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NSF-Funded Project Promotes Reuse of 'Greywater' in Households Integrating AI Toward Equity

July 8, 2024
A graphic depicts a hand reaching toward water droplets.
Reusing water has the potential to lower household or commercial water use significantly.

Almost 3 billion people worldwide are projected to suffer from severe water scarcity by 2025. Thousands have already been affected in California alone, where more than 1,200 wells ran dry in 2022.

It's never been more important to find ways to make the best use of this precious resource.

A project with co-principal investigators from UC Merced and two universities in Texas, led by a UC Berkeley professor, aims to significantly reduce residential water consumption by re-using much of that water before it is flushed into the sewer system.

With a $650,000 award from the National Science Foundation, architecture Professor Maria-Paz Gutierrez of UC Berkeley is leading research into diverting "greywater," or water from bathroom sinks and bathtubs, into toilet flushing and potential other uses such as laundry.

Gutierrez is working with UC Merced civil and environmental engineering Professor Marc Beutel and mechanical engineering Professor Gerardo Diaz, along with University of Houston civil engineering Professor Hongyi Li and construction engineering and project management Professor Kasey Faust of the University of Texas at Austin, Senior Personnel Professor Luke P. Lee from Harvard University and Professor Luisa Caldas from UC Berkeley.

"We're trying to address a key issue we face today - water scarcity," Gutierrez said. "The average family of four uses approximately 250 gallons of clean water per day, most of which goes to the sewer. More than half of that output is greywater."

Reusing that water has the potential to lower household or commercial water use significantly. The researchers propose a system that diverts greywater through a solar panel with microlenses coated with nanoparticles that interact with sunlight to kill microbes such as e coli and remove harmful chemical compounds. The process heats the greywater so it can be used as thermal energy as needed. Team members are also integrating AI in the solar photocatalytic panels with user interface capacities for building data trust and cultural sensitivities.

"We treat the water by exposing it to sunlight and consequently warming it up," Beutel said. The water then will be diverted to the toilet for use there.

"It isn't clean enough to drink but it's fine for flushing toilets or washing clothes," Gutierrez said.

It's important to treat the water first, because even though it's only going to be in the toilet and not for consumption, bacteria still can be dispersed when the toilet is flushed.

The project is designed for multiple purposes. Water heated by the sun during the day could circulate through the building to warm it when it's cold, Gutierrez said.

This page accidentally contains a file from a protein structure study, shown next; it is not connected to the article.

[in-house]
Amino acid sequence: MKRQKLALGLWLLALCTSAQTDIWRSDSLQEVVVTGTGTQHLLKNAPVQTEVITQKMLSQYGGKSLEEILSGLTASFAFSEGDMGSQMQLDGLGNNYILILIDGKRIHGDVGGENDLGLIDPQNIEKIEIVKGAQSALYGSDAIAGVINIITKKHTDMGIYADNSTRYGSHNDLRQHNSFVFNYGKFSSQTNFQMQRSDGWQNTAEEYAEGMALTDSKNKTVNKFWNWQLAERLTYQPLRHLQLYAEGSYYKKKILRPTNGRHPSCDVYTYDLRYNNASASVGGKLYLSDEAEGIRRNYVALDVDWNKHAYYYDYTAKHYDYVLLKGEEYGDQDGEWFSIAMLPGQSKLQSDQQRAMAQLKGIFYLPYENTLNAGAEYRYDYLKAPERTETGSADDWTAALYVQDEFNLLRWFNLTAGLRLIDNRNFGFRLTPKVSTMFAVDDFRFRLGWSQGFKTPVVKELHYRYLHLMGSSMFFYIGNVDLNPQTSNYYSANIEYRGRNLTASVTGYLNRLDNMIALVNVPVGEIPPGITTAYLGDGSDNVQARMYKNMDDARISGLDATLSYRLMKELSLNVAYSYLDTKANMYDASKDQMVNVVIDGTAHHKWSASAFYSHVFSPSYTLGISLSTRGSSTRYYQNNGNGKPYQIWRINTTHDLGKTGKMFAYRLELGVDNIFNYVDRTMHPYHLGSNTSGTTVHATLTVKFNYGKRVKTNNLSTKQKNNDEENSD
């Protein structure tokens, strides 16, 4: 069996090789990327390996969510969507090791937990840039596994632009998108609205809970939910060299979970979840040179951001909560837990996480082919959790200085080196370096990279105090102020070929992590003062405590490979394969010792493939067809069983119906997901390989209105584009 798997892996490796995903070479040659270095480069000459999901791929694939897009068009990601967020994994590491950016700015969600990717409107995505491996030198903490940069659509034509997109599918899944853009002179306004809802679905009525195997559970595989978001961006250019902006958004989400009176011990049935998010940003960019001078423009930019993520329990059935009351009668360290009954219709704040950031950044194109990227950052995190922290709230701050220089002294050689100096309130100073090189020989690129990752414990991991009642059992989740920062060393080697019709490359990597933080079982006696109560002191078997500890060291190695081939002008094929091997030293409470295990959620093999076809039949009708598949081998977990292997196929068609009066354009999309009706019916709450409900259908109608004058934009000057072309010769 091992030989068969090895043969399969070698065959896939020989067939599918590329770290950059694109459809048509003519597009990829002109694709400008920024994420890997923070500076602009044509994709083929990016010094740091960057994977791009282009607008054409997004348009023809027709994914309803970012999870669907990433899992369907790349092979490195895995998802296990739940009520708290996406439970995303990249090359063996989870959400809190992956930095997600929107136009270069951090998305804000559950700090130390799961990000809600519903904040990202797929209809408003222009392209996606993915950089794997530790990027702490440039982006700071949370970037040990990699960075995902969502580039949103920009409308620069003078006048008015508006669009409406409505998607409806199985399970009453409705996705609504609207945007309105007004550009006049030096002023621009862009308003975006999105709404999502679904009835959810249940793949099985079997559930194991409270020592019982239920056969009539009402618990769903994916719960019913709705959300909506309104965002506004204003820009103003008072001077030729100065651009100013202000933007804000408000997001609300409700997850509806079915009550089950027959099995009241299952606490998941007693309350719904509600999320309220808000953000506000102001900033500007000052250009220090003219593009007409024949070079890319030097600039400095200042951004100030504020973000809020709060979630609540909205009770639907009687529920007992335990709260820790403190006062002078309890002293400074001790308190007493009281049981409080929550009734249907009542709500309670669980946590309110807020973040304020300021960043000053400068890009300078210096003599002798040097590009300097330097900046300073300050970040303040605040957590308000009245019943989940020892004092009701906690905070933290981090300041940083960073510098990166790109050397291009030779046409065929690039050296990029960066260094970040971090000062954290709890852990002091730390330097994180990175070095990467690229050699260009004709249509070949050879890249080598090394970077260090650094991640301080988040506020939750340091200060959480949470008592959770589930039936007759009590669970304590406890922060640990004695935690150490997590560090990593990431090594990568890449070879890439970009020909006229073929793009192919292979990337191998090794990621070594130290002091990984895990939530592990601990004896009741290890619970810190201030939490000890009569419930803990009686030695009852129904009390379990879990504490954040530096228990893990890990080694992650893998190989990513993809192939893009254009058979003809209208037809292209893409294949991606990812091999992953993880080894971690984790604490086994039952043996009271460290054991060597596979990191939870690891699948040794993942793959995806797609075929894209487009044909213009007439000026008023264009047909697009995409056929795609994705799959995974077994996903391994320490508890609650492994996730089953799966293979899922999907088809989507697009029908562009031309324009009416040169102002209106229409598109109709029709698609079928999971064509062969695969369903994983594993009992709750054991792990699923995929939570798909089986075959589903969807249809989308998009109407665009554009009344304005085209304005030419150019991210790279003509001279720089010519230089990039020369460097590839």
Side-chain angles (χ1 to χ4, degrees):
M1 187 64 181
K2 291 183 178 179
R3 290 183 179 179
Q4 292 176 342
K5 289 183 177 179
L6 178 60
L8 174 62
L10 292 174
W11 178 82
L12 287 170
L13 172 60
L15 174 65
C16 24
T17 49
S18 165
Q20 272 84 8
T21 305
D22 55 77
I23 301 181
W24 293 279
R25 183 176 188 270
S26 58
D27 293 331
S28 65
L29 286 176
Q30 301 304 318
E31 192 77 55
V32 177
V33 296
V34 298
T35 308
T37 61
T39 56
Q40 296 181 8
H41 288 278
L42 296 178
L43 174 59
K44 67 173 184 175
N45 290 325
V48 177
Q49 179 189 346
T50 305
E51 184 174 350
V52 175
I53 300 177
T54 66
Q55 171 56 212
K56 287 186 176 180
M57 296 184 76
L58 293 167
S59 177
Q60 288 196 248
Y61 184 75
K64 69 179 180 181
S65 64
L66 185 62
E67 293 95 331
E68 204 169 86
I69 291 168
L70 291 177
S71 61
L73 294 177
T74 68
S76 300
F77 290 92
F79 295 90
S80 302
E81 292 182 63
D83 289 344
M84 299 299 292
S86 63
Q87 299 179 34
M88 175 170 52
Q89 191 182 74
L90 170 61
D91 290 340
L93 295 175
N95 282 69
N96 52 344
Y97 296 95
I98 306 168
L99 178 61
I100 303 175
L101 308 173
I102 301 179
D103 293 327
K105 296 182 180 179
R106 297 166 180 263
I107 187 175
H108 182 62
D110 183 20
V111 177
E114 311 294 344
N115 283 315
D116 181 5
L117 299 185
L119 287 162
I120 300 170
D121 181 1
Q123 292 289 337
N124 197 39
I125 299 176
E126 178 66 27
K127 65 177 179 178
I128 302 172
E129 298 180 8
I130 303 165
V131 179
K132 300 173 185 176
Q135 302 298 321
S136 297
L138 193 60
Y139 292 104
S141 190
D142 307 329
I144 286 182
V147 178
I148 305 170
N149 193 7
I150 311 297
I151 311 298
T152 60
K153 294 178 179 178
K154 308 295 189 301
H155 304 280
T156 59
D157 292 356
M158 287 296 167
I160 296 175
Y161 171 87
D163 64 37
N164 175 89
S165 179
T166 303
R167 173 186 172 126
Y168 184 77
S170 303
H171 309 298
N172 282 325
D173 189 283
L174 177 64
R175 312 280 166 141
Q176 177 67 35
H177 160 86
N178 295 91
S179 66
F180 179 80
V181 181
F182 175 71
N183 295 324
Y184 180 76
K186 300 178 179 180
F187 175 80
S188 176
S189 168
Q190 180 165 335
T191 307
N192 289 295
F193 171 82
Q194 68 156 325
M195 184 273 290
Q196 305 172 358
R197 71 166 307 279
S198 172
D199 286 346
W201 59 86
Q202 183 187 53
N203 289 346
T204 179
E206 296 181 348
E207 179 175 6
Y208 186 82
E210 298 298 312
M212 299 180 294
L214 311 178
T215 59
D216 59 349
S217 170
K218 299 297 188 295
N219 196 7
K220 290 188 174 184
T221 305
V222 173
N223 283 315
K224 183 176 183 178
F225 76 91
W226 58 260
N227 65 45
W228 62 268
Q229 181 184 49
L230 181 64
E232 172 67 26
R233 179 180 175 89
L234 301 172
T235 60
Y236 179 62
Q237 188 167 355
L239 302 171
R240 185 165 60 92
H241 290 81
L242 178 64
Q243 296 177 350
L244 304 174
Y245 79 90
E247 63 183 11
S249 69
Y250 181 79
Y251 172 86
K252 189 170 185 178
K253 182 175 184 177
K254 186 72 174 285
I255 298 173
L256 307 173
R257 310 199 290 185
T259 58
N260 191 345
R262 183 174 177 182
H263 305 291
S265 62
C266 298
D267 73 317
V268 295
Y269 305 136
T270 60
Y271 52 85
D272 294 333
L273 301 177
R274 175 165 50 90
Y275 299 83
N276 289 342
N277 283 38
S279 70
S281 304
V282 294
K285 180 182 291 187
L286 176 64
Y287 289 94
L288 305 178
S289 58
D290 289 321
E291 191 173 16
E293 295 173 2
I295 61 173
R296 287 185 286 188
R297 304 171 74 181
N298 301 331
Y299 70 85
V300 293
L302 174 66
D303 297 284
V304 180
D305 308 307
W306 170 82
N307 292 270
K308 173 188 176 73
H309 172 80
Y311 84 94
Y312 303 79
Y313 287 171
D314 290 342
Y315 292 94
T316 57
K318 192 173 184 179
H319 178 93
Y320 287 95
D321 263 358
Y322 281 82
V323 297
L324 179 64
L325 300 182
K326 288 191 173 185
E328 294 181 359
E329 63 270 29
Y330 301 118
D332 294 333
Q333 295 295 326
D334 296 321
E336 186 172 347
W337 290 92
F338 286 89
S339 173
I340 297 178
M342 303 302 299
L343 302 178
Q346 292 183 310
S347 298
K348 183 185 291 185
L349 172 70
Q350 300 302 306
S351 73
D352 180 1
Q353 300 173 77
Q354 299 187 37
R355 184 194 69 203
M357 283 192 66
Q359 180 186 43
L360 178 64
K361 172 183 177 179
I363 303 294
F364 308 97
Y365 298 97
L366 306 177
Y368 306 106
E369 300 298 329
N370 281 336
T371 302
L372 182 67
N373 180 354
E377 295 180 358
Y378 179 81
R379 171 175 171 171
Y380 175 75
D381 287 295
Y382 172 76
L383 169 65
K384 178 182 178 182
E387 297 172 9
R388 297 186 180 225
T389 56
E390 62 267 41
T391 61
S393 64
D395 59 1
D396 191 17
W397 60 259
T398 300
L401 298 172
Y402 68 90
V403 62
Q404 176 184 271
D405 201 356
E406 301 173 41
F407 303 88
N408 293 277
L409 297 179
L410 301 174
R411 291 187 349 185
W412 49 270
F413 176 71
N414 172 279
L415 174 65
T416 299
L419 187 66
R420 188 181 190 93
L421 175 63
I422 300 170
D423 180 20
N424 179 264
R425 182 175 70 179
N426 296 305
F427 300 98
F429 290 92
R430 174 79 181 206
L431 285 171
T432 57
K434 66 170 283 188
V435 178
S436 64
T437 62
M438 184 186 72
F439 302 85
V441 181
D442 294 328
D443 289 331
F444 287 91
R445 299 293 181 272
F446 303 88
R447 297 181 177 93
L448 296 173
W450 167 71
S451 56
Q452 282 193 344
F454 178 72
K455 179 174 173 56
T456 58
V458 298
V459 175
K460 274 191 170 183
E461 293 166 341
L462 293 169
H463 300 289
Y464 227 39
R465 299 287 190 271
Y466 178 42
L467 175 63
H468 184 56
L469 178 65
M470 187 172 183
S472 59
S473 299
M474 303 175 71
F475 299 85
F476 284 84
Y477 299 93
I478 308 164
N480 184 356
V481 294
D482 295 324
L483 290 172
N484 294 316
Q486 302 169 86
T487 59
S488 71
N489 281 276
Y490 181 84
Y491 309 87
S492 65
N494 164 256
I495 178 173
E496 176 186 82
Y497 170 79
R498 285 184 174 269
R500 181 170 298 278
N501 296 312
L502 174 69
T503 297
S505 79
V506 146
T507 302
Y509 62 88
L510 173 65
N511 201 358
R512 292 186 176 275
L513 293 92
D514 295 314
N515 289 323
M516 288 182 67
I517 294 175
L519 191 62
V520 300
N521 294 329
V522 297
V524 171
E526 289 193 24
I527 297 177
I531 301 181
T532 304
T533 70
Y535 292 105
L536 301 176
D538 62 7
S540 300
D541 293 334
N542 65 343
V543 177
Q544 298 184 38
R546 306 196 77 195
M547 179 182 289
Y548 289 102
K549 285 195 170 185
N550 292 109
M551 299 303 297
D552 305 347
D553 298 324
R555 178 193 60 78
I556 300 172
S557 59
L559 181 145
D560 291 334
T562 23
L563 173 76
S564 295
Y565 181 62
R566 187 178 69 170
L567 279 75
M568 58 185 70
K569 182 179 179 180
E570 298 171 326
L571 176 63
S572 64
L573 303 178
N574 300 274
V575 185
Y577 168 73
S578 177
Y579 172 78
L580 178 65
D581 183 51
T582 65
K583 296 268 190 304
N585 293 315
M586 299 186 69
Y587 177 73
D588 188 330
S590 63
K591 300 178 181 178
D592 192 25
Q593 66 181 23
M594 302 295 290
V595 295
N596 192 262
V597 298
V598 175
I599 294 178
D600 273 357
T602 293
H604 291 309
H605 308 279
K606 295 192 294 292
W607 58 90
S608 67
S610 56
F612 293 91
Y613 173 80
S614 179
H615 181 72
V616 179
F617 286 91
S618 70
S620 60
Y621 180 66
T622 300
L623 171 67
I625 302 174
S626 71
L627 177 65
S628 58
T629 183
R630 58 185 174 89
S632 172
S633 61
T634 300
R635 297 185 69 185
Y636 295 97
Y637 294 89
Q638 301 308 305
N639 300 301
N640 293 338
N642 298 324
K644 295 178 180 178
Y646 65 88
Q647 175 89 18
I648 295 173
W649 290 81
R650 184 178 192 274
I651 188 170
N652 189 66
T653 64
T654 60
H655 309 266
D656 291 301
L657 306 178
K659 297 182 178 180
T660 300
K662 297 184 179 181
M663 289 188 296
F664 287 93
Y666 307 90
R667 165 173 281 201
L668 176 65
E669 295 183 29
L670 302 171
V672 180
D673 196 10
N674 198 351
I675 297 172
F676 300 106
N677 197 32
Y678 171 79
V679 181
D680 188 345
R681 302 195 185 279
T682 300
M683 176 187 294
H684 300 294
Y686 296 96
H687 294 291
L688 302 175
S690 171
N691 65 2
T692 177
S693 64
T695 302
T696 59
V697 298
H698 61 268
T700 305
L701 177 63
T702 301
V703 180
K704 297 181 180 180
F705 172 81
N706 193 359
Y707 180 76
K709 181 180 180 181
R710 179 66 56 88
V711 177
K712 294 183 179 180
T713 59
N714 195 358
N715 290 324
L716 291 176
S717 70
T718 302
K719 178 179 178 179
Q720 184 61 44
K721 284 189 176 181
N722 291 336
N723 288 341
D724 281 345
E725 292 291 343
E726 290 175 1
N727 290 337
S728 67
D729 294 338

The project is one of 15 in the first stage of an NSF Convergence Accelerator 's Track K: Equitable Water Solutions. If the prototype is successful, the researchers could get a $5 million grant to implement their system.

Over the next nine months, each team will develop its initial idea into a proof of concept, identify new team members and partners, and participate in the NSF Convergence Accelerator's Phase 1 innovation curriculum, providing fundamentals in human-centered design; team science; use-inspired research; early-stage prototyping; and communications, storytelling and pitching. At the end of Phase 1, the teams will participate in a formal proposal and pitch to demonstrate the feasibility of their solutions and apply for Phase 2.

"Because water needs are complex, there isn't a one-size-fits-all solution," said Douglas Maughan, head of the NSF Convergence Accelerator program. "This topic is perfect for convergence - bringing multiple disciplines, expertise and sectors together - to solve large-scale challenges. We're excited to launch this track and to see how the 15 teams will engage and partner with communities, end-users and stakeholders to develop real-world sustainable solutions."

Those solutions have to function and be attainable.

"We have to not only make the technology but figure out how it's going to be implemented," Diaz said. "What would it take to implement technology like this?"

But in addition to making sure it works, the system also must be practical and cost-effective. And that twist has turned researchers into entrepreneurs.

"I'm doing research, I'm not a businessman," Beutel said. "But now I am developing a business model."

"An important aspect is the benefit to the community," Diaz said. "We are looking at the possibility of working together with a community that is having problems with water."

The group's research is interdisciplinary, incorporating architecture, chemistry, engineering, bioengineering, computing and social sciences. Teams collaborate with communities, California tribes, state government agencies and possibly businesses to implement their projects.

"The NSF is really trying to find groundbreaking approaches to solve water and equity challenges at the necessary accelerated pace of innovation," Gutierrez said. "We are trying to create affordable, sustainable technologies that can transform water and equity at the regional and national scales."

Patty Guerra

Public Information Officer

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